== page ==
The story of the two wolves

Recently I was lucky enough to see a very dear friend, just for a morning, as she prepared to fly home after a whistlestop visit to Dubai.

Seeing people who have known you for decades is always refreshing, it is as if the layers of pretence, the masks of disguise and the trappings of who you profess to be all fall away. They just see the younger more idealistic you, but older. It was so refreshing…

One lasting memory from her visit was how she spoke about the assembly that she had done for interview she had recently had. It was based on a native American tale of an elder who spoke of ‘The Two Wolves’ and went something like this… from memory and with a Kate flourish here or there

The Two Wolves Within You

An old Cherokee is teaching his grandson about life:

“Every morning I wake up, grateful for the air I breathe, the sky above me, the ground below me. I am grateful for my family, for my community and for the life that I lead.

But everyday, I also feel conflict. It is as though there fight is going on inside me,” he said to the boy.

“It is a terrible fight and it is between two wolves, they are huge and fill my mind. One is evil–he is dark and grey with bitter breath, he is anger, envy, sorrow, regret, greed, arrogance, self-pity, guilt, resentment, inferiority, lies, false pride, superiority, and ego.”

He continued, “The other is good – he is white and light hearted, he is joy, peace, love, hope, serenity, humility, kindness, benevolence, empathy, generosity, truth, compassion, and faith.”

I see them fight, I feel them battle, every day, every moment I am not sure which will win…. “

“The same fight is going on inside you–and inside every other person, too.”

The grandson thought about it for a minute and then asked his grandfather: “Which wolf will win?”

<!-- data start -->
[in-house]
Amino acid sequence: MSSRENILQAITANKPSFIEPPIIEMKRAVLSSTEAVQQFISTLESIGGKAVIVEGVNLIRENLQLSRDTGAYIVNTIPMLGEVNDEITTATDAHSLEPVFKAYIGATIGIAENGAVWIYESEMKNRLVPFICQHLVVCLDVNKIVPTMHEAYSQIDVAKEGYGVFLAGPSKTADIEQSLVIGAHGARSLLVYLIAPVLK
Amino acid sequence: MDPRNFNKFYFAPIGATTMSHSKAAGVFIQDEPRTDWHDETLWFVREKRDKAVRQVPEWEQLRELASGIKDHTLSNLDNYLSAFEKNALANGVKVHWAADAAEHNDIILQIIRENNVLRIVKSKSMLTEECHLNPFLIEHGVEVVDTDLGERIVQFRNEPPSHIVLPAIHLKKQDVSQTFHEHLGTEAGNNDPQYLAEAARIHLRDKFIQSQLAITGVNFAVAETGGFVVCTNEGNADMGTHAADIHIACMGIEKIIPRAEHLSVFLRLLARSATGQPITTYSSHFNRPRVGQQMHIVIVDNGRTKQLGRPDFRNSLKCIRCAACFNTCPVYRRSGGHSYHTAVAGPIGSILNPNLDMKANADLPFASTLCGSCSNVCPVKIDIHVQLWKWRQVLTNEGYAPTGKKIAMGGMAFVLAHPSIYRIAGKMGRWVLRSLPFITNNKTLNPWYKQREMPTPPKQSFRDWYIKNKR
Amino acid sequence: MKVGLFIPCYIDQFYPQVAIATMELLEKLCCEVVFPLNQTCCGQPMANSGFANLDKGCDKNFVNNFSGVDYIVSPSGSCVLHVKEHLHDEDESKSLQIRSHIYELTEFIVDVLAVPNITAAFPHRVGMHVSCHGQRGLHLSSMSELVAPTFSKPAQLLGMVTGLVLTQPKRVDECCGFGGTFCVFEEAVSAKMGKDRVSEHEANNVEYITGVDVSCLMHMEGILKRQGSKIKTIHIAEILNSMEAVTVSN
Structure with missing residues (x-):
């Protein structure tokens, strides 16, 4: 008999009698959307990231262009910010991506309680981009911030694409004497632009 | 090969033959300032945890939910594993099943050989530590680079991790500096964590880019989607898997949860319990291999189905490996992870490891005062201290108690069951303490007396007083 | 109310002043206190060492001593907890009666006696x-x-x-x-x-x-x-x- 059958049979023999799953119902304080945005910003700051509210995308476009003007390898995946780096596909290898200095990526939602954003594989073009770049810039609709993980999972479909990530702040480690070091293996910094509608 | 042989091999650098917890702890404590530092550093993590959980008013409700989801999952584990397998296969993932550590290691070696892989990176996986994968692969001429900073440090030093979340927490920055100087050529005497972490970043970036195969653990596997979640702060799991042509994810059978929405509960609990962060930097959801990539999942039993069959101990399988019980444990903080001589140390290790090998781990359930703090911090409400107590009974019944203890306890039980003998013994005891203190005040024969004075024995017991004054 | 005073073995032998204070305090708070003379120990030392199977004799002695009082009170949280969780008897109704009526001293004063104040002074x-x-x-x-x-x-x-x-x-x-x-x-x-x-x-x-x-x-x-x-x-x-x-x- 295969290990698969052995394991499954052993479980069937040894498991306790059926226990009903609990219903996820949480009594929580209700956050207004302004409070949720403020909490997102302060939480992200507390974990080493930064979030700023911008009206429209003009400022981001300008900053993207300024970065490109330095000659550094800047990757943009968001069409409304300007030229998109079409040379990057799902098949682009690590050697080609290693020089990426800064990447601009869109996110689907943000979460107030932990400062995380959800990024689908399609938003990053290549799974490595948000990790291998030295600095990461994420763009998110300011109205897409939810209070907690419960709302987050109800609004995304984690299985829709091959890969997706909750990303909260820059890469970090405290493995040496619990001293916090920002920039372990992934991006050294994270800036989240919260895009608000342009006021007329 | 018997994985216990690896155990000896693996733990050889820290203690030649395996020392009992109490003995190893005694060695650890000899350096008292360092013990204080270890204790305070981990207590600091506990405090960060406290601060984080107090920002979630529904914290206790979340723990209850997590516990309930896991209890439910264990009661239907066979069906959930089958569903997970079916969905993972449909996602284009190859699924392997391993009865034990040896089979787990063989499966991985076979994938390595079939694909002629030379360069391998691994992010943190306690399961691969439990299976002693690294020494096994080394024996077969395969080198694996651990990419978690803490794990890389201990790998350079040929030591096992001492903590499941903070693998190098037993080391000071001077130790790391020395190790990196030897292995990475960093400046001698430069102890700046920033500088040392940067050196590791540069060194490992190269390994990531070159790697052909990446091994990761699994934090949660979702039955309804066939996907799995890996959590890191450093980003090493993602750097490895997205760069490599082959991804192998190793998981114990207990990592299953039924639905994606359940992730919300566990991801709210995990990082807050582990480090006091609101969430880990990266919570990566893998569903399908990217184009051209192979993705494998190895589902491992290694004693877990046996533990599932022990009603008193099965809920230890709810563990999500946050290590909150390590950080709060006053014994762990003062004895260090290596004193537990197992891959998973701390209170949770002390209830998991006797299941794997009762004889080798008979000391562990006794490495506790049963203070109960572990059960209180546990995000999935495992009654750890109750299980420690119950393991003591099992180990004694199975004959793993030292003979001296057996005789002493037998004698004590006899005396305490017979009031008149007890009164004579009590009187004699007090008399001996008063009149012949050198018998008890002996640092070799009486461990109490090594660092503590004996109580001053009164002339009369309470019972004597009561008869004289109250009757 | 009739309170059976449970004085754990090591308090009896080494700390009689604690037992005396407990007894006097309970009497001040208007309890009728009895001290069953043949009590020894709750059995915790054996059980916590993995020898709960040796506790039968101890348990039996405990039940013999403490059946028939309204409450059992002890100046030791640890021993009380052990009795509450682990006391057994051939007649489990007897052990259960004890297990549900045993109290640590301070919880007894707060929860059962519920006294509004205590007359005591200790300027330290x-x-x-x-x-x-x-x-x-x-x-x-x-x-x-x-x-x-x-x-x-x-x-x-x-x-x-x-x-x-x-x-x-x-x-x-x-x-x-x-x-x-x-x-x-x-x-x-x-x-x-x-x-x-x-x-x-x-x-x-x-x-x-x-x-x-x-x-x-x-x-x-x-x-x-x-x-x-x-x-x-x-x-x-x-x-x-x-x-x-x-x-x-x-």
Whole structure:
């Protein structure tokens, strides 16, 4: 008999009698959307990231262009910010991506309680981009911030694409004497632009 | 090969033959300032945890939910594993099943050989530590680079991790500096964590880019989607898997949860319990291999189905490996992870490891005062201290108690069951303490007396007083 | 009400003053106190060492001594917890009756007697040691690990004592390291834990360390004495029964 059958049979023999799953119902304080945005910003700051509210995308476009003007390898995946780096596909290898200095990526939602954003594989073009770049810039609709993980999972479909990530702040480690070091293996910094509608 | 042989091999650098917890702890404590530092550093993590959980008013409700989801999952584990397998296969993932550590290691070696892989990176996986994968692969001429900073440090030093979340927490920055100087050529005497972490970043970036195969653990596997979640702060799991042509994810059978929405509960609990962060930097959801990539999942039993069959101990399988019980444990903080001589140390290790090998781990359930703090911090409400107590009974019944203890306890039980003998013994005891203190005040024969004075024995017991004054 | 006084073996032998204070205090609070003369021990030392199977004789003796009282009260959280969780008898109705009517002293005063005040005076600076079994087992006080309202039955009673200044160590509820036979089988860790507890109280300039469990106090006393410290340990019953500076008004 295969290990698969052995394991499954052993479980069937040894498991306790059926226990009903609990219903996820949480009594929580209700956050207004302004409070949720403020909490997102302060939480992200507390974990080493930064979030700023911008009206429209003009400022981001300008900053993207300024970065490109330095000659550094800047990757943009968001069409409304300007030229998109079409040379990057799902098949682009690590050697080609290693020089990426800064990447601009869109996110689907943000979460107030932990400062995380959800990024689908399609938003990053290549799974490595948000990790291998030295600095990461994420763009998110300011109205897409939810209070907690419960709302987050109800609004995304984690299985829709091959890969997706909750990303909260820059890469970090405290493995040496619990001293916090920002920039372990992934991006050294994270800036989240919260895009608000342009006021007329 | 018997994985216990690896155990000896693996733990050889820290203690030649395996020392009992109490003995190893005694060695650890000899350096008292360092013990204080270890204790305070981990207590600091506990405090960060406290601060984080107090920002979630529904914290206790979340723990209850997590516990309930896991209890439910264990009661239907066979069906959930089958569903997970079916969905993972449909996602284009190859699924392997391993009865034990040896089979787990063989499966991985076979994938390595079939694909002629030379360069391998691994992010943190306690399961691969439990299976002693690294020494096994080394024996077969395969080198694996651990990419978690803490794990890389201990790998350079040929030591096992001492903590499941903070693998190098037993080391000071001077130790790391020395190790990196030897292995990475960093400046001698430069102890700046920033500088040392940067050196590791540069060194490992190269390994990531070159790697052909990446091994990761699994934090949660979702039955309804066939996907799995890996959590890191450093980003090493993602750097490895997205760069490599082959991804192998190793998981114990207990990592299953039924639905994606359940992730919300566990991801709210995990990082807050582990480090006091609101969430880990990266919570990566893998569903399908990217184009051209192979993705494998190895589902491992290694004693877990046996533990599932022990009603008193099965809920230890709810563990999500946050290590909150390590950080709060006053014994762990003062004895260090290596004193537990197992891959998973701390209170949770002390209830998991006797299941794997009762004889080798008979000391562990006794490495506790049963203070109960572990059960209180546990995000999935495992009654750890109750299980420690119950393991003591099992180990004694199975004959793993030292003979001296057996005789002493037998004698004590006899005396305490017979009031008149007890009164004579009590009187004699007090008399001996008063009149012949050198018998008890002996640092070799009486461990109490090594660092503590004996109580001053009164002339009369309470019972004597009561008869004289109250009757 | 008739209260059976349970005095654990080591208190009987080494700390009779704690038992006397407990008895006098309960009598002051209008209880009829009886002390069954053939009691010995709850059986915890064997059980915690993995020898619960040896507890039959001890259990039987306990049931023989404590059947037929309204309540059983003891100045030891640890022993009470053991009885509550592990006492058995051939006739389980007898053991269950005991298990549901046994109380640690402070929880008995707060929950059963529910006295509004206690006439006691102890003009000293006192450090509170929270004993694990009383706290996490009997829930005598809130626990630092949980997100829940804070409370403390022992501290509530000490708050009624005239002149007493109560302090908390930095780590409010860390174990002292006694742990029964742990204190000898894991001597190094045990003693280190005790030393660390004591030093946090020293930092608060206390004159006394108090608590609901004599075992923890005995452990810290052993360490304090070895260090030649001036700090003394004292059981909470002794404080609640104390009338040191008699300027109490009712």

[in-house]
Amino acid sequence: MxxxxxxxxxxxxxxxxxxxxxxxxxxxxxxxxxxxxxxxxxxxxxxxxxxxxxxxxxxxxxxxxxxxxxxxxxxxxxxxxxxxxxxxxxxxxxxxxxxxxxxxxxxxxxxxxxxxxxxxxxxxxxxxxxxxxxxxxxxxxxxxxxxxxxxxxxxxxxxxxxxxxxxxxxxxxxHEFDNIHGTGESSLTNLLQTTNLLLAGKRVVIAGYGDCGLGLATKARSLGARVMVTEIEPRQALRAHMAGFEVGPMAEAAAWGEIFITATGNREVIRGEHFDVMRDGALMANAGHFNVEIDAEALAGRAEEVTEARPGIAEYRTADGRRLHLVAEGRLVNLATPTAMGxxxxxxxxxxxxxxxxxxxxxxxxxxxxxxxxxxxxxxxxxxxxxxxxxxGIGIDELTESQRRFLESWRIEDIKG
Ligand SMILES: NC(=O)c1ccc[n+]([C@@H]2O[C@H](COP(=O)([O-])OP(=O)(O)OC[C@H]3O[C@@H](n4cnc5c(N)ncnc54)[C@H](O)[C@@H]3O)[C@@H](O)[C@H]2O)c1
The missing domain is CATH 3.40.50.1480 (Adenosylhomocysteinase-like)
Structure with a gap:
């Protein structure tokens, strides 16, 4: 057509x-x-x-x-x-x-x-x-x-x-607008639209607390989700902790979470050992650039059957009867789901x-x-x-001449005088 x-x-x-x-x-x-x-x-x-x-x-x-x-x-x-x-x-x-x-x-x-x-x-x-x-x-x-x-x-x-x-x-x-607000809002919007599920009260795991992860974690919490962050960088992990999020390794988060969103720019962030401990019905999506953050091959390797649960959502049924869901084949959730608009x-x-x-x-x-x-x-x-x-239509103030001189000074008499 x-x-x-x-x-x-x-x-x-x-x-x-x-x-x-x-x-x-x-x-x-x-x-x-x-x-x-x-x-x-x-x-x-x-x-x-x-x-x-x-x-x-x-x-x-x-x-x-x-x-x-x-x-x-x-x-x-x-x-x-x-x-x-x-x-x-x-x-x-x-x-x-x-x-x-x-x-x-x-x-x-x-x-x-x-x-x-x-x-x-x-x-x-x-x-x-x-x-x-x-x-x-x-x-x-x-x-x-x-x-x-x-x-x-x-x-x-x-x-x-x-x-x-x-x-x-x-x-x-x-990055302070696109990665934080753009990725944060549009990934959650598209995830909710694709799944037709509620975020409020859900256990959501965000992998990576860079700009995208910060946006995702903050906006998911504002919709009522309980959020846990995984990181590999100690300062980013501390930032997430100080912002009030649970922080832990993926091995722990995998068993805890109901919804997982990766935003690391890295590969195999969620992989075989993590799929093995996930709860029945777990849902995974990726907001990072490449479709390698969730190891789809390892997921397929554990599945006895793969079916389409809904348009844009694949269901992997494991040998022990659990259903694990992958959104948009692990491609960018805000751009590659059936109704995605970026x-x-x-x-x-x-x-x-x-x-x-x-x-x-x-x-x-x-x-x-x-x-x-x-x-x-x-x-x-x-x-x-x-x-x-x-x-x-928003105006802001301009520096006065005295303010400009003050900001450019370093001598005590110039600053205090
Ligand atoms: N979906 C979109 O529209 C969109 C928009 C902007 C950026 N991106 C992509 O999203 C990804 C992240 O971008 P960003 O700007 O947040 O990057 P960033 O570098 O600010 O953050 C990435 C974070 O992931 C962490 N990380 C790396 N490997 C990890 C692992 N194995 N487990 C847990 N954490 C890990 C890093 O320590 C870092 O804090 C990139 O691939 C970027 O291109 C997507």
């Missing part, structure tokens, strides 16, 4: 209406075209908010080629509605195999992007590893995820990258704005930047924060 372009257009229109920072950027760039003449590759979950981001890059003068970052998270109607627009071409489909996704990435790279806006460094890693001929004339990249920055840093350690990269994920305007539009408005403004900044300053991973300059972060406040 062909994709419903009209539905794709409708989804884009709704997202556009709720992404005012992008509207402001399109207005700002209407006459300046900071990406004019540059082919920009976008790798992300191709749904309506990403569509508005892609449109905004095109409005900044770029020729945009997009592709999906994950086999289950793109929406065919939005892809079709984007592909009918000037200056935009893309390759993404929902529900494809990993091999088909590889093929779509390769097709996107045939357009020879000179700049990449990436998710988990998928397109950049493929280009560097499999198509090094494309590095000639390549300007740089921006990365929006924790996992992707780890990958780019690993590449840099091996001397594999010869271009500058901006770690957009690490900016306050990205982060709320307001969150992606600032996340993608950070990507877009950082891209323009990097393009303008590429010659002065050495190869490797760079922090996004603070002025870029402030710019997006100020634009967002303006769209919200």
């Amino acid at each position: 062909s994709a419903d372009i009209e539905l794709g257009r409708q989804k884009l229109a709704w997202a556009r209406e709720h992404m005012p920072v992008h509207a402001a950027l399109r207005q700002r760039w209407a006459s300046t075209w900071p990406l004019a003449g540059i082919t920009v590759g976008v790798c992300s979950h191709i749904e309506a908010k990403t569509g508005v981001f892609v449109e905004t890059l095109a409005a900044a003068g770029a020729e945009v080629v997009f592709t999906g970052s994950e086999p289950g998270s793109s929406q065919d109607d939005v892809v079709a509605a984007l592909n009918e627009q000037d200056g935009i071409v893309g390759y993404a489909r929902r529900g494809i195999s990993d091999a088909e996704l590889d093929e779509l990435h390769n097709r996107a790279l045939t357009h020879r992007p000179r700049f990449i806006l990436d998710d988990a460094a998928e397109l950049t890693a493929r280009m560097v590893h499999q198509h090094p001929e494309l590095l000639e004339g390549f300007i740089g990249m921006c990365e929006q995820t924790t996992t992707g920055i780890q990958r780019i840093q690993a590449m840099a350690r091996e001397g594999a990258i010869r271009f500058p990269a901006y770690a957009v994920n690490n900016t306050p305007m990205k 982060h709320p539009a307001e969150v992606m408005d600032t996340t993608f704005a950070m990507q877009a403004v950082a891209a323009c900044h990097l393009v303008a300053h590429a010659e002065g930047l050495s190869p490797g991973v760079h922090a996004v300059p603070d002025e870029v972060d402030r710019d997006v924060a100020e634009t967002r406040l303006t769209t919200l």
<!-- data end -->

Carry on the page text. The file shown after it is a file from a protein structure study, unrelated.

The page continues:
The old Cherokee simply replied, “The one you feed.”

What does it mean?

This week in particular I have met people who are are clearly feeding either one wolf or the other.

The contrast has been so stark between the warmth in conversation, the kindness of a word choice, the follow up message to say thank you or goodbye..


The negative emotion, the judgemental tone, the jealous comments or the unkind snipe in reply..

Times like these, when you are absolutely at your most stressed and vulnerable. When you are leaving all that you know and that has previously defined you for the great unknown, when you are putting your three children to sleep and someone turns up an hour late, ringing the dooebell and waking everyone, just to collect something you need to sell (to fund your life ahead) then judges you for thes price, or the used state, or tries to renegotiate on the step … this is when I am most aware that my battle is taking place.

How do I want to respond?

What role model do I want to be for my children?

How can I ensure that the white wolf wins in my own mind, when clearly the dark wolf is winning in theirs?

I remember all the positive people in my life. All the people who ensure their white wolf wins… I remember:
– the friend who babysat your kids so you could take your husband with you to clear your office knowing how upsetting and challenging it would be.

You remember the colleague who read your blog and reached out to offer a shopudler to cry on and an ear to listen as she knew that talking is the best therapy.

You remember the lady who took a photo of one of your treasured possessions in its’ new home in her house, telling you it would be loved and cared for.

And you know that you will feed your white wolf, will smile, say thank you for the feedback, I think we will let this go to someone else, and remove them from your home. You will read your children their books, kiss them goodnight and know that tomorrow is another day, another battle, but that you have the power to keep feeding the wolf you want to win.

Thanks Kathryn for the tale, the moral and the reminder.. it was so good to see you.

2 thoughts on “The story of the two wolves

  1. The negativity you have come across makes me think of this quote- ‘There is only one way to avoid criticism: do nothing, say nothing, and be nothing.’
    Your post really resonates with me today. I’m currently trying to work on my negativity bias (focusing too much on negatives I miss the positives.)


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